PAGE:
Best Answer: Alternative Minimum Tax (AMT) – How It Affects Filing Season 2008
Updated Dec. 28, 2007
The upcoming tax season is expected to start on time for everyone except for certain taxpayers potentially affected by late enactment of the Alternative Minimum Tax “patch.” Following extensive work in recent weeks, the IRS expects to be able to begin processing returns for the vast majority of taxpayers in mid-January. However, as many as 13.5 million taxpayers using five forms related to the Alternative Minimum Tax (AMT) legislation will have to wait to file tax returns until the IRS completes the reprogramming of its systems for the new law.
IRS has targeted Feb. 11, as the potential starting date for taxpayers to begin submitting the five-related returns affected by the legislation. The February date allows the IRS enough time to update and test its systems to accommodate the changes without major disruptions to other operations related to the tax season. See IRS News Release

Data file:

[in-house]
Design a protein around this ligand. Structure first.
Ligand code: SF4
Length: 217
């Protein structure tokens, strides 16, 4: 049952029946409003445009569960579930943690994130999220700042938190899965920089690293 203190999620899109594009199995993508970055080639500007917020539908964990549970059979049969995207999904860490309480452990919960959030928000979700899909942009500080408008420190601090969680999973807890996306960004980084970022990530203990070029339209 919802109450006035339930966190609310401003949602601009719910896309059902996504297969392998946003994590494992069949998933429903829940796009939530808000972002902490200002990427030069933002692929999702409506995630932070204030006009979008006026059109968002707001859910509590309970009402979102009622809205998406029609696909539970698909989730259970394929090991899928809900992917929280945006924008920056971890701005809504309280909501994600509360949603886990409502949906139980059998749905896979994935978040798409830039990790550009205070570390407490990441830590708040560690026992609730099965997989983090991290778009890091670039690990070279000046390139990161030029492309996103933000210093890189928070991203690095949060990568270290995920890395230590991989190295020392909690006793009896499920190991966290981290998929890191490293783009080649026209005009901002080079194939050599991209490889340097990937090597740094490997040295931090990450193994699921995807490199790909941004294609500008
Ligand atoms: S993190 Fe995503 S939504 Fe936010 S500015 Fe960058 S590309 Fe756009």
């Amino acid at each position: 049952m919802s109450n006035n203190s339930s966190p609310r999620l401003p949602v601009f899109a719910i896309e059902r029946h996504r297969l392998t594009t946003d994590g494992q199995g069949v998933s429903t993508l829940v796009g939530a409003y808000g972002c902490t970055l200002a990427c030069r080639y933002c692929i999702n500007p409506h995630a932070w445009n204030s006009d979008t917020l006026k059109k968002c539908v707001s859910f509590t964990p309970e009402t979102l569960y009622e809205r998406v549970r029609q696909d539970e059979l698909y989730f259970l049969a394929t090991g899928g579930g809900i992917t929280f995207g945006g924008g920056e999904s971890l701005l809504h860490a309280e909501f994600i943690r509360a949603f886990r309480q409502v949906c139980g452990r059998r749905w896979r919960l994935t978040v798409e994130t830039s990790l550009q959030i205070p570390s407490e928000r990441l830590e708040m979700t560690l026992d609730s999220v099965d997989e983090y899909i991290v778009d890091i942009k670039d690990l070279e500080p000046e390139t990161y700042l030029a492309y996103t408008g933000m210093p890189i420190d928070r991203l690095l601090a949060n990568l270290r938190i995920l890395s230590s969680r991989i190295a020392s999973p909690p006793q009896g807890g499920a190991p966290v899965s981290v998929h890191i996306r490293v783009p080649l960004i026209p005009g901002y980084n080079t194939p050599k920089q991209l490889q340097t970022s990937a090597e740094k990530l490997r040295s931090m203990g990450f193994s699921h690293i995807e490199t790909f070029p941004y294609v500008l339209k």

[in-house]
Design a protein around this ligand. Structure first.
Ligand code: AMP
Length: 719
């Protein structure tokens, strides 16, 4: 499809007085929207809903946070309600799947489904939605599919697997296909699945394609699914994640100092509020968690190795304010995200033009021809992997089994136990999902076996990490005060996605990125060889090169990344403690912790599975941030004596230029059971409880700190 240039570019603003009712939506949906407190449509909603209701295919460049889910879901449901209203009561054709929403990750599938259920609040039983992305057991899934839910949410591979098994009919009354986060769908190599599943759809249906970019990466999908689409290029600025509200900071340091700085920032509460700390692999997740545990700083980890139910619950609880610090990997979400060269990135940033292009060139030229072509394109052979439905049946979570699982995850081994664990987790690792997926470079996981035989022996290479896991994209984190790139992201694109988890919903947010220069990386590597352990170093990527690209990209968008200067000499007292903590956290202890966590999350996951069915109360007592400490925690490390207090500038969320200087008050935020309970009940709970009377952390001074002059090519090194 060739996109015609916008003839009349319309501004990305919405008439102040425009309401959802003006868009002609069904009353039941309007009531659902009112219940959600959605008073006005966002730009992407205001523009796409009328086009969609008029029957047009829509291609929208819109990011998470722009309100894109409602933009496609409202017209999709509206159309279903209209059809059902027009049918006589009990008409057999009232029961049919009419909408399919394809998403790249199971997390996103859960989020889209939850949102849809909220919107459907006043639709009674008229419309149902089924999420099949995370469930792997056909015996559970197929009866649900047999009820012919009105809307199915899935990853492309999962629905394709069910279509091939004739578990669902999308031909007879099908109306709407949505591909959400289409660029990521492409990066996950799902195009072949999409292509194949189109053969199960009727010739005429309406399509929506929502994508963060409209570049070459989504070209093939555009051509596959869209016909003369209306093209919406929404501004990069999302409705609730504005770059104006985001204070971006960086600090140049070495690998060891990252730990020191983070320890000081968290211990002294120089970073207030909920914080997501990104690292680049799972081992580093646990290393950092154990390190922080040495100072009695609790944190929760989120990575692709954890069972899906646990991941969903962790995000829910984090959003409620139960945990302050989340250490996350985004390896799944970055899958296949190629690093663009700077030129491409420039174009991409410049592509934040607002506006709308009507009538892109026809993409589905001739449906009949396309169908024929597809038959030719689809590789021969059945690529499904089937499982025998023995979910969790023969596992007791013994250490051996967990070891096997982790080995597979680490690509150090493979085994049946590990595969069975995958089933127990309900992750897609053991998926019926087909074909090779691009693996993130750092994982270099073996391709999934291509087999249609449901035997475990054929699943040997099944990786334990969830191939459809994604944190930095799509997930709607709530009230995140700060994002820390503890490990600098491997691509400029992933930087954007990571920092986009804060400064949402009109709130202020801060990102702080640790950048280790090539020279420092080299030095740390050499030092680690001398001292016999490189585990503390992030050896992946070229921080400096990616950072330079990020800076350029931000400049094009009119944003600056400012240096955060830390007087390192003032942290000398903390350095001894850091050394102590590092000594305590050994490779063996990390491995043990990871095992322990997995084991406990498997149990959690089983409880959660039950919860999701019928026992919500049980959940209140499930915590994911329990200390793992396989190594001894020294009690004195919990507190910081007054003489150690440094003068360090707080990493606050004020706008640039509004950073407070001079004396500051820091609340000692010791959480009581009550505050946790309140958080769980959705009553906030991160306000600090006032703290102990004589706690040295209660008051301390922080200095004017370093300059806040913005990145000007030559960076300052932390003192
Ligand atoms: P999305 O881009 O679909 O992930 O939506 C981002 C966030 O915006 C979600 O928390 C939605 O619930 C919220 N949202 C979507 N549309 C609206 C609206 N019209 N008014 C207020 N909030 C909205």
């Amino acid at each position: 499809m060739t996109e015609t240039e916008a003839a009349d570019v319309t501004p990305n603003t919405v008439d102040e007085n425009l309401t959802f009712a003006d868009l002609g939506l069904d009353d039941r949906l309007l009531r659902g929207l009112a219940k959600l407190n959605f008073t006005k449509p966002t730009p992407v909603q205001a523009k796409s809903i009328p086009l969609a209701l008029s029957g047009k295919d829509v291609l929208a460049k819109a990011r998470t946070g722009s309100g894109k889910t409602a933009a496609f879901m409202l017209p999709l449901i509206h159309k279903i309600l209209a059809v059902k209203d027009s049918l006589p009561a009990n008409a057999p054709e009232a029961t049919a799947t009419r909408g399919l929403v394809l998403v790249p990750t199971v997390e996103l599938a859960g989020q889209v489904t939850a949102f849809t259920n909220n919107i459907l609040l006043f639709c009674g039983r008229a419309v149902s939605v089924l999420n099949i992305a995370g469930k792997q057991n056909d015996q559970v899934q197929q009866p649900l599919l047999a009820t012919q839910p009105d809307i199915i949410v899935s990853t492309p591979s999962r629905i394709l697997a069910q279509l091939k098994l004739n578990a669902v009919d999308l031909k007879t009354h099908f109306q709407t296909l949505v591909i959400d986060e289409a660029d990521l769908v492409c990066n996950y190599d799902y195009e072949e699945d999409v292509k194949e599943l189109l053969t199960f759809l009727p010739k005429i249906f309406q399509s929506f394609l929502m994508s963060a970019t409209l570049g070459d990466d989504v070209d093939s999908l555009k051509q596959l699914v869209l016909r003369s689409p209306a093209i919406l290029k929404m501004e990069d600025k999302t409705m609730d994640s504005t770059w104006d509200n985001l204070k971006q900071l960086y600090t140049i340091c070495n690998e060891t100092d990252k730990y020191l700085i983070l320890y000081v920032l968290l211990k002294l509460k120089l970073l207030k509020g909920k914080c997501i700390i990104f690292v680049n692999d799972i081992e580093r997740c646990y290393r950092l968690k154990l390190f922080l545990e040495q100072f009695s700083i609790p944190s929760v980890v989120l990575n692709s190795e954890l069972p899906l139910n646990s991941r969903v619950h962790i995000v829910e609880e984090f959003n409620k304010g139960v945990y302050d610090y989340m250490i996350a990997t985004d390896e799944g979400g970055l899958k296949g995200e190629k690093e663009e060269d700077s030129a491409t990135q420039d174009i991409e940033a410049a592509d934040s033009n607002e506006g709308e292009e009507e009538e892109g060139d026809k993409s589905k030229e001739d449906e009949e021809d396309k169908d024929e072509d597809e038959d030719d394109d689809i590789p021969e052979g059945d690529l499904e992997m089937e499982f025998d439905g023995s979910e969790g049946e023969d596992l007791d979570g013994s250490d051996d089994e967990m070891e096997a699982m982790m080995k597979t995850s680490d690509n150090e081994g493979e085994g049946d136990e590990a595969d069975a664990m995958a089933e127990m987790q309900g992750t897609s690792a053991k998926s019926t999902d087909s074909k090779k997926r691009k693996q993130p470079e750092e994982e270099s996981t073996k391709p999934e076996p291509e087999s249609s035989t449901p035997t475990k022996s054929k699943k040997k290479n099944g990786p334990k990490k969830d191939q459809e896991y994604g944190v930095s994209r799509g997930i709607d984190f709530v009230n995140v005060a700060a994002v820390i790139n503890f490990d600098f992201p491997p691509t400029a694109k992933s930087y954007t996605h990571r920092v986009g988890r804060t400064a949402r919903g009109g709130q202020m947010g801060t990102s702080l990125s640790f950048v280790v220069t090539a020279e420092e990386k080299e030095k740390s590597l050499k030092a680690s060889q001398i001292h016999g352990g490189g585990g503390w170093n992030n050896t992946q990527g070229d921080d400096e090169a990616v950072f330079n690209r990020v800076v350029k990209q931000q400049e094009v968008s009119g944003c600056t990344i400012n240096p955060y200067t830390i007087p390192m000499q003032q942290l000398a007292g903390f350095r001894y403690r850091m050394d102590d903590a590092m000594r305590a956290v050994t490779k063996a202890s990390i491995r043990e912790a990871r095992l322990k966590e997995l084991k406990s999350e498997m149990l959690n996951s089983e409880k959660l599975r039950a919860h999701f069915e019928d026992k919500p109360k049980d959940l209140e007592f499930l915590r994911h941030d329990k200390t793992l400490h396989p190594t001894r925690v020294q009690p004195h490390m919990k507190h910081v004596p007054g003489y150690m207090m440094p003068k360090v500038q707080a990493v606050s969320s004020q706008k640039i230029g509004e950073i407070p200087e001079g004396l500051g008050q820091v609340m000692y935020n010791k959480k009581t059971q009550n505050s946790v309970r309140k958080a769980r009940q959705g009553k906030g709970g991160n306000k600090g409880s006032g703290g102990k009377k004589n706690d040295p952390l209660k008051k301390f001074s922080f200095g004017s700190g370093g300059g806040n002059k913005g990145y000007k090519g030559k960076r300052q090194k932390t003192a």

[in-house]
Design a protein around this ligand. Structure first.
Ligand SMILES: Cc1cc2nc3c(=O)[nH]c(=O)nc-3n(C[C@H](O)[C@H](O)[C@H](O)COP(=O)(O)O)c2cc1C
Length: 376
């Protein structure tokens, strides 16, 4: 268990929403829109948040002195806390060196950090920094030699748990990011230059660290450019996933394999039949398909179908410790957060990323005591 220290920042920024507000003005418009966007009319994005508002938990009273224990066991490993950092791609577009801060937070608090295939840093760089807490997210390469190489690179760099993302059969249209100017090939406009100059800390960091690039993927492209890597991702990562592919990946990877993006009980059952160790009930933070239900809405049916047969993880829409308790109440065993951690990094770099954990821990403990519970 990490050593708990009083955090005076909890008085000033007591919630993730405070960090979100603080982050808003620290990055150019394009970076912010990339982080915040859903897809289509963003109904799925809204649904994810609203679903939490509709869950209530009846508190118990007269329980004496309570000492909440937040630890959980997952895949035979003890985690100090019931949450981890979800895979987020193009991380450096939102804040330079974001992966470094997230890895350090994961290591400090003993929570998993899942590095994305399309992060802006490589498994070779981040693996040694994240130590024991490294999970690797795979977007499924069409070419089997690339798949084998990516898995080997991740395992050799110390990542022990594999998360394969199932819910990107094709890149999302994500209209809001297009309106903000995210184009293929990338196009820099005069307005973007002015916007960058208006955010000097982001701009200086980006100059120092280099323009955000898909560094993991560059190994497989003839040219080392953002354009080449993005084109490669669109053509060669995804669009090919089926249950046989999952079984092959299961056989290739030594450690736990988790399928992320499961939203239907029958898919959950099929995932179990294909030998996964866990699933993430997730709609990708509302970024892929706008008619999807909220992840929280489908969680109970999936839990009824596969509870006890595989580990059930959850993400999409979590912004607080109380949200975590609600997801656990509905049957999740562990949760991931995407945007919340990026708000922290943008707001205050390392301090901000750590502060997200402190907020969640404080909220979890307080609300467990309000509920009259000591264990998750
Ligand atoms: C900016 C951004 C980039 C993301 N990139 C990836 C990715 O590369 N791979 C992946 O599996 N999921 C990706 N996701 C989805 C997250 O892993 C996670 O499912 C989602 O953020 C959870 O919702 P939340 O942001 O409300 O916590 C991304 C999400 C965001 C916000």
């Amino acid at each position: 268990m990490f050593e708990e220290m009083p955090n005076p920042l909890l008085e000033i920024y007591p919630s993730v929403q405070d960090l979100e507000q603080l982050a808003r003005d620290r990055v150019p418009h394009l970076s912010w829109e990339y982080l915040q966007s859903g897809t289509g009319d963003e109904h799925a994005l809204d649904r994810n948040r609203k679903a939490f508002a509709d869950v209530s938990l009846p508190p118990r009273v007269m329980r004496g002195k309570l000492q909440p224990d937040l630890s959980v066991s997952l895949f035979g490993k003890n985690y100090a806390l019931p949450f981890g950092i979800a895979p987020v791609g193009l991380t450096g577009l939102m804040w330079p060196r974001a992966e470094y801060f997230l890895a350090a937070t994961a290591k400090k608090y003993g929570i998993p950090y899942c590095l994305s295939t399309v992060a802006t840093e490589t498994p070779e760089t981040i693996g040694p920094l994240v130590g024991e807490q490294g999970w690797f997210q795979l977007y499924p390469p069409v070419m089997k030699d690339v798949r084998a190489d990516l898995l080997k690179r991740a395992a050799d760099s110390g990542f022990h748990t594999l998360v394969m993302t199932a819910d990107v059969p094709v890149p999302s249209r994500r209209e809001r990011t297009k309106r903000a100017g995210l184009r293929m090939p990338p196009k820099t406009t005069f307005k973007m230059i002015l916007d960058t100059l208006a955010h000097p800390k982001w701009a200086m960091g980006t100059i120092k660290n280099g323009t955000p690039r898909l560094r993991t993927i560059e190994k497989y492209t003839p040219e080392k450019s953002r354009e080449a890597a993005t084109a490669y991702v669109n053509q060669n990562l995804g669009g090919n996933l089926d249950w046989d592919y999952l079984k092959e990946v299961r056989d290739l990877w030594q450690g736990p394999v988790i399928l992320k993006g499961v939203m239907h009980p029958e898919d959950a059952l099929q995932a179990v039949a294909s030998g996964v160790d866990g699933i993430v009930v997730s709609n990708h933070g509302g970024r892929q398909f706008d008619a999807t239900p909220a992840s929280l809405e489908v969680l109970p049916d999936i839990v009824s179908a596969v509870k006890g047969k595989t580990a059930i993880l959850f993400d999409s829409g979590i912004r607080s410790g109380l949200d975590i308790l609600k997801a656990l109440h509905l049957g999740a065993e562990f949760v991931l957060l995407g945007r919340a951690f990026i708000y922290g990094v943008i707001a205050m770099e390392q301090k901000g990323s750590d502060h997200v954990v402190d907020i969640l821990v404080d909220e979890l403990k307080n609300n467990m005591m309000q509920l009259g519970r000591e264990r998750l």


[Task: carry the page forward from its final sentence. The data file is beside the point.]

2007-209 for more information.
Returns that include the following forms cannot be filed until Feb. 11, 2008:
Form 8863, Education Credits
Form 5695, Residential Energy Credits
Schedule 2, Form 1040A, Child and Dependent Care Expenses for Form 1040A Filers
Form 8396, Mortgage Interest Credit
Form 8859, District of Columbia First-Time Homebuyer Credit
Check this page for further AMT-related updates.
Additional Information on the Alternative Minimum Tax
What is the AMT? The AMT came into being with the Tax Reform Act of 1969. Its purpose was to target a small number of high-income taxpayers who could claim so many deductions they owed little or no income tax. A growing number of middle-income taxpayers are discovering they are subject to the AMT.
Questions and Answers: AMT Legislation and Filing Season 2008
Tax Topic 556 — Alternative Minimum Tax
Form 6251, Alternative Minimum Tax
1040 Central — Forms, publications, calculators and other information for the filing season